pediatric voice disorders

Understanding Pediatric Voice Disorders

Has your child ever had a strained or hoarse voice? Does your child use a loud voice ALL the time? While a strained or hoarse voice does not always indicate a voice disorder, it may be a sign of phonotraumatic behaviors. Phonotraumatic behaviors can then lead to a voice disorder.

Voice disorders do not only occur in adults. In fact, children are also at risk for voice disorders. There are different kinds of voice disorders, but the most common voice disorder found in children is vocal nodules.

Voice disorder? Phonotrauma? Phonotraumatic behaviors? Vocal nodules? What? Let’s take a closer look at what these different terms mean.

Voice disorder 2kids-with-voice-bubbles

The American Speech and Hearing Association defines a voice disorder as being “characterized by the abnormal production and/or absences of vocal quality, pitch, loudness, resonance, and/or duration, which is inappropriate for an individual’s age and/or sex.”


Phonotrauma (previously termed misuse and abuse) is defined as trauma to the vocal cords due to vocal (phonotraumatic) behaviors that may include yelling, screaming, throat-clearing, and excessive and inappropriate use of the voice. Phonotraumatic behaviors cause the vocal cords to come together with greater force, which can lead to growths known as nodules.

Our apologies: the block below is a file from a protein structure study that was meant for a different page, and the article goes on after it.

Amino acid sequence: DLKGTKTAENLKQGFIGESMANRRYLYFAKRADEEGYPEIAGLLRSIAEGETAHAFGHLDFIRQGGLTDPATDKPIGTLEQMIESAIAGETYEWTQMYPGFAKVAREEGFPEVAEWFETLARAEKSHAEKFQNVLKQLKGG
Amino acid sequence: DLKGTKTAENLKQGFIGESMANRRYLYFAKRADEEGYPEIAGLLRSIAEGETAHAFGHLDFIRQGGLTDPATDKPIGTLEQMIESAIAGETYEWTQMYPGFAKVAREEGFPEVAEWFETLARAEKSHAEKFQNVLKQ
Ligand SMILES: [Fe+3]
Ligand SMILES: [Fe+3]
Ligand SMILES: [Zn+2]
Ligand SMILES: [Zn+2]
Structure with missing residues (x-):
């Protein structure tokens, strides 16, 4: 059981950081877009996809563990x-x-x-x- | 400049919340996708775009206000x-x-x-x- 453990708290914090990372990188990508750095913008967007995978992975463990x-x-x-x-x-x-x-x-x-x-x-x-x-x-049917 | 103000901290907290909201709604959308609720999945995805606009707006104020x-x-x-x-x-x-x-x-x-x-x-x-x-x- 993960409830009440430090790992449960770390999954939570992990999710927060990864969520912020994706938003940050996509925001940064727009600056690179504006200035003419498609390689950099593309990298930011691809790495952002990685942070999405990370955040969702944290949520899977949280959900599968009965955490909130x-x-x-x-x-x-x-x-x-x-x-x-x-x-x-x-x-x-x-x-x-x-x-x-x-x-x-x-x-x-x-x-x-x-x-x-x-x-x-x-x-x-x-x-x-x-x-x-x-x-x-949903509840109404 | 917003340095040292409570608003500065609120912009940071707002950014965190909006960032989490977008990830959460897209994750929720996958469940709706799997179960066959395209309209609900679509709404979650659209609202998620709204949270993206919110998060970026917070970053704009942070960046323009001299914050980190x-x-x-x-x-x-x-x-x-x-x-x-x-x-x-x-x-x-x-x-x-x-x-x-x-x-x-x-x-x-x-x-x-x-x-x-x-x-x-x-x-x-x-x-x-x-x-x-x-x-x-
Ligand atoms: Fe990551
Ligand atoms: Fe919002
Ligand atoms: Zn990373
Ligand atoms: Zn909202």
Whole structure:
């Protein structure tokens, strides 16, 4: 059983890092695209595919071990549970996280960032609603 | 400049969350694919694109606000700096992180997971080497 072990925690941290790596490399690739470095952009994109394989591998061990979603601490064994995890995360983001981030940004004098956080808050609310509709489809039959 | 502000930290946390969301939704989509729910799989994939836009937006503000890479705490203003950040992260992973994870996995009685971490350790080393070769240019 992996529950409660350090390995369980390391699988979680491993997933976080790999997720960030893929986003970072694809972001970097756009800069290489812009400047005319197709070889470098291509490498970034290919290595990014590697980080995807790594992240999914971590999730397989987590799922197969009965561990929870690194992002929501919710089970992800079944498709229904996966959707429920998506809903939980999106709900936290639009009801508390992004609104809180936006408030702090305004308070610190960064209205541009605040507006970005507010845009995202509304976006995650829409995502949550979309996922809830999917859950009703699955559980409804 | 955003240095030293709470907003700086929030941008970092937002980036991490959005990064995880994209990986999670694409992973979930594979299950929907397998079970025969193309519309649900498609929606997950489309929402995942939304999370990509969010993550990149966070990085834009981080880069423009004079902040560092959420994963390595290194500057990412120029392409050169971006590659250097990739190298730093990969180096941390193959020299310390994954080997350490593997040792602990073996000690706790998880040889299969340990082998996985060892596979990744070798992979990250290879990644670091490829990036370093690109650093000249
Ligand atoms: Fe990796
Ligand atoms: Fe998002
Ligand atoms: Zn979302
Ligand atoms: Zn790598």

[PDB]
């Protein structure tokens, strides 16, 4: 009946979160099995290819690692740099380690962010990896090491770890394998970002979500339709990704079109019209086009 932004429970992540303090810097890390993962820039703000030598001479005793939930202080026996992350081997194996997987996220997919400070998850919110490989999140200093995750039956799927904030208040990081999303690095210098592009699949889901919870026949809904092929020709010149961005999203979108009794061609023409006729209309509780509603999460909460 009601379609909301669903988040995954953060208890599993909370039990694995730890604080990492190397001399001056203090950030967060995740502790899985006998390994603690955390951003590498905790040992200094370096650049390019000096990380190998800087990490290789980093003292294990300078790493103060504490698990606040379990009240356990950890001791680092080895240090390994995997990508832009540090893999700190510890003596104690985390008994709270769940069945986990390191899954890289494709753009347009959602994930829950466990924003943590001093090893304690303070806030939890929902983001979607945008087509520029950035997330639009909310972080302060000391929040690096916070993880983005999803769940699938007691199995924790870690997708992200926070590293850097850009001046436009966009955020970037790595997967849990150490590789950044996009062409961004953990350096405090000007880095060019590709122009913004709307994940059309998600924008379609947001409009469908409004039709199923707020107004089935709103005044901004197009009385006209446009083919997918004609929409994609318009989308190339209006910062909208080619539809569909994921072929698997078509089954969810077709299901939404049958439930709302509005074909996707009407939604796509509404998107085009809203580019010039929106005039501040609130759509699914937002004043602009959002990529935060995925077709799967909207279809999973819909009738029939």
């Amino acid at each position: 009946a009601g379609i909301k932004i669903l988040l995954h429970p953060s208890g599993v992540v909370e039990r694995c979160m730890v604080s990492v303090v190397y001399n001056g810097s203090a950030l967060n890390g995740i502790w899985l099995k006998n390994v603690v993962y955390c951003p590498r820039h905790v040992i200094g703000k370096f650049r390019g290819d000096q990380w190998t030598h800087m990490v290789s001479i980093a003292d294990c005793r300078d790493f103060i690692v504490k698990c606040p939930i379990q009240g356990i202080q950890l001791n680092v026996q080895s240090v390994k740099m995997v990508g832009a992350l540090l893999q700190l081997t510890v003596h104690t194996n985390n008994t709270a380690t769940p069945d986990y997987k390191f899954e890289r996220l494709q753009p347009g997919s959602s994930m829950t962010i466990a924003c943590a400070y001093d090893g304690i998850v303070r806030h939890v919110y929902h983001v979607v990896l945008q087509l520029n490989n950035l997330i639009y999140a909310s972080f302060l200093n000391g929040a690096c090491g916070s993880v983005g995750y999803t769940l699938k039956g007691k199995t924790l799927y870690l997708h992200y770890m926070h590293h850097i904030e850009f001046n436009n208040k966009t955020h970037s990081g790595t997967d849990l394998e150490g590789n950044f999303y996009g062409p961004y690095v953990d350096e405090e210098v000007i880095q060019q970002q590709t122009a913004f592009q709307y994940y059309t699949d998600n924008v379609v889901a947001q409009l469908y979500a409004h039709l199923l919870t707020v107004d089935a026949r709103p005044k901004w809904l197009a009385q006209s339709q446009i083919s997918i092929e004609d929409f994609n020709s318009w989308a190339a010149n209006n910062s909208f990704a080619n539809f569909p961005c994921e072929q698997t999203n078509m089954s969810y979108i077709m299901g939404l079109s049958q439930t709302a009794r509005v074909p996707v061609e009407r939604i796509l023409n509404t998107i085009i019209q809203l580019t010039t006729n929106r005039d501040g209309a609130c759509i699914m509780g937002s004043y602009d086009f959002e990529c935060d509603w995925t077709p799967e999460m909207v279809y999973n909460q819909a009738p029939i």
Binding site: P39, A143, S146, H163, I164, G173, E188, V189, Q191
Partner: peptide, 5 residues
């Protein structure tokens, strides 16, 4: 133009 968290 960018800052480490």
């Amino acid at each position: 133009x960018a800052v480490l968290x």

Vocal Nodules

Vocal nodules are growths that occur on the vocal cords as a result of forceful collision of the vocal cords secondary to the continued use of phonotraumatic behaviors.  The nodules will continue to grow until the phonotraumatic behaviors are discontinued.

Phonotraumatic behaviors include the following:

  •             Screaming
  •             Whispering
  •             Excessive Talking
  •             Throat Clearing
  •             Coughing
  •             Inappropriate pitch
  •             Inappropriate volume

What can I do to decrease and eliminate phonotrauma? Read the following vocal hygiene techniques below.

  • Avoid yelling
  • Avoid whispering
  • Drink lots of water
  • Take a vocal break each day

There are also additional types of voice disorders that may be present in children. At times, it is difficult to determine the type of voice disorder present because many of the signs and symptoms are similar among disorders. If you think your child may have a voice disorder, consult an otolaryngologist for a formal diagnosis. A speech and language pathologist can then provide appropriate voice therapy based upon the diagnosis given.


Vocal Cords Nodules and Polyps. Retrieved from

American Speech-Language-Hearing Association. (1993). Definitions of communication disorders and variations [Relevant Paper]. Available from

NPST offers Speech Therapy services in Bucktown, Evanston, Highland Park, Lincolnwood (coming soon), Glenview and the Neuropsychology Diagnostic and Testing Center in Des Plaines. If you have questions, or concerns, about your child, we would love to help! Give us a call at (877) 486-4140 and speak to one of our Family Child Advocates today!